Incidentally- Goering tribute (5, Interesting)

Kupfernigk (1190345) | more than 2 years ago | (#39831417)

"In 1940 I could at least fly as far as Glasgow in most of my aircraft, but not now! It makes me furious when I see the Mosquito. I turn green and yellow with envy. The British, who can afford aluminium better than we can, knock together a beautiful wooden aircraft that every piano factory over there is building, and they give it a speed which they have now increased yet again. What do you make of that? There is nothing the British do not have. They have the geniuses and we have the nincompoops. After the war is over I'm going to buy a British radio set - then at least I'll own something that has always worked." (Hermann Goering, 1943)

Re:So did my father (2)

jbwolfe (241413) | more than 2 years ago | (#39831595)

Yes, the past romanticises everything. The Spitfire was pretty, but the old engineers i worked with when I started would recollect its awful design flaws

That pretty much sums up the British automobile industry as well- warm beer and all...

Re:erection (0)

Anonymous Coward | more than 2 years ago | (#39831587)

>> It's a sexual experience for anyone who appreciates aircraft.

So your kink is plane sex?

Engine noise (2)

DaveAtFraud (460127) | more than 2 years ago | (#39831745)

I heard lots of Packard built Merlins at the 2007 Gathering of Mustangs and Legends at Rickenbacker AFB outside of Columbus Ohio. The overflight of a couple of dozen Mustangs in a "51" formation was particularly nice. More recently, I recorded the overflight [facebook.com] of 19 B-25s at the 70th reunion of the Doolitlle Tokyo Raiders at Wright-Patterson AFB. Turn up your speakers and enjoy the "noise." That many bombers in the air is just something you don't see or hear anymore.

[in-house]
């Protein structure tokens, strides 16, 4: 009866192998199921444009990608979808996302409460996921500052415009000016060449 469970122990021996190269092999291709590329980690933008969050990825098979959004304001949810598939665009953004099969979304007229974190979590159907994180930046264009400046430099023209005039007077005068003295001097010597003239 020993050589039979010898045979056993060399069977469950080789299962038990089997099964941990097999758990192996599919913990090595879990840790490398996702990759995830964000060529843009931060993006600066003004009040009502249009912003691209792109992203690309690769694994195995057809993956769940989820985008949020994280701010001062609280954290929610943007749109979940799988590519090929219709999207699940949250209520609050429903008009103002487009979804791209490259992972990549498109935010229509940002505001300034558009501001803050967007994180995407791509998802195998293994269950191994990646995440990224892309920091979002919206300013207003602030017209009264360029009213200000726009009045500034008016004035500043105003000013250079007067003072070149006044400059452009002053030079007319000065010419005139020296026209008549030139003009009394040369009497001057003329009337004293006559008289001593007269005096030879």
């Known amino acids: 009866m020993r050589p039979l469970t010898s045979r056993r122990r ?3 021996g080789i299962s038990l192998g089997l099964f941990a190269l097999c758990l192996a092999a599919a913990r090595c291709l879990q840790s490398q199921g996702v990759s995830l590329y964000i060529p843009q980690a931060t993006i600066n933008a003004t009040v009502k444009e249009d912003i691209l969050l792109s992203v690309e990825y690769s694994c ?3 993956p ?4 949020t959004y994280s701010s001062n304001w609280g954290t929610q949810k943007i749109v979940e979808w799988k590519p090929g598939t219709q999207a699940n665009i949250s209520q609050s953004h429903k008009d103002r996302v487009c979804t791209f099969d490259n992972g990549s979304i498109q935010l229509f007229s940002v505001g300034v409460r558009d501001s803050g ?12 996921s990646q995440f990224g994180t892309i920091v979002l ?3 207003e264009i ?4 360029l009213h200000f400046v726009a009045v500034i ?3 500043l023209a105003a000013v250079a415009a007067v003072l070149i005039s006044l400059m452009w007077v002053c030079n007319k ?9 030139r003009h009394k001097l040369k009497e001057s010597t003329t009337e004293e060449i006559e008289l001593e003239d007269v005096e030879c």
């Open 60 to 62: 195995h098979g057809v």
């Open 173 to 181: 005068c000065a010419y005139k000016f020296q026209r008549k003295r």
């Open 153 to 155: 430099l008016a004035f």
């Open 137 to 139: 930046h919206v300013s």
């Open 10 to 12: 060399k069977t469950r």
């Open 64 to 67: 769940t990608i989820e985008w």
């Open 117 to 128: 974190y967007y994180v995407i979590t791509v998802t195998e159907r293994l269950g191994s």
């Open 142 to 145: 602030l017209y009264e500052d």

Cheers,

Dave

It's all interesting (-1, Troll)

aglider (2435074) | more than 2 years ago | (#39830925)

but actually useless.
Why unearthing all those planes?
To show? We already have plenty of original spitfires all over the world and a few also still working.
To sell? How would buy one?
To learn new things? Don't think so.

Re:It's all interesting (5, Insightful)

Anonymous Coward | more than 2 years ago | (#39830945)

but actually useless.
Why unearthing all those planes?
To show? We already have plenty of original spitfires all over the world and a few also still working.
To sell? How would buy one?
To learn new things? Don't think so.

Because we fucking CAN.

Re:It's all interesting (5, Interesting)

ausrob (864993) | more than 2 years ago | (#39830955)

If they prove to be well preserved, they'll probably be amongst the best (working?) examples in the world. None of them saw active service - they came straight out of the factory, and assuming they can be put together.. why not?

Re:It's all interesting (2)

redfox2012 (1150371) | more than 2 years ago | (#39830963)

All but the last one.

If they return in a semi-reasonable condition, I predict a frenzied bidding war when whoever ends up owning these auctions them off!

Re:It's all interesting (3, Insightful)

Anonymous Coward | more than 2 years ago | (#39830969)

"We already have plenty of original spitfires all over the world and a few also still working."

Who the fuck is this 'we'?
I certainly don't have one in my hangar, and if these are sold with 0 miles flown, I'd buy one.

Re:It's all interesting (2)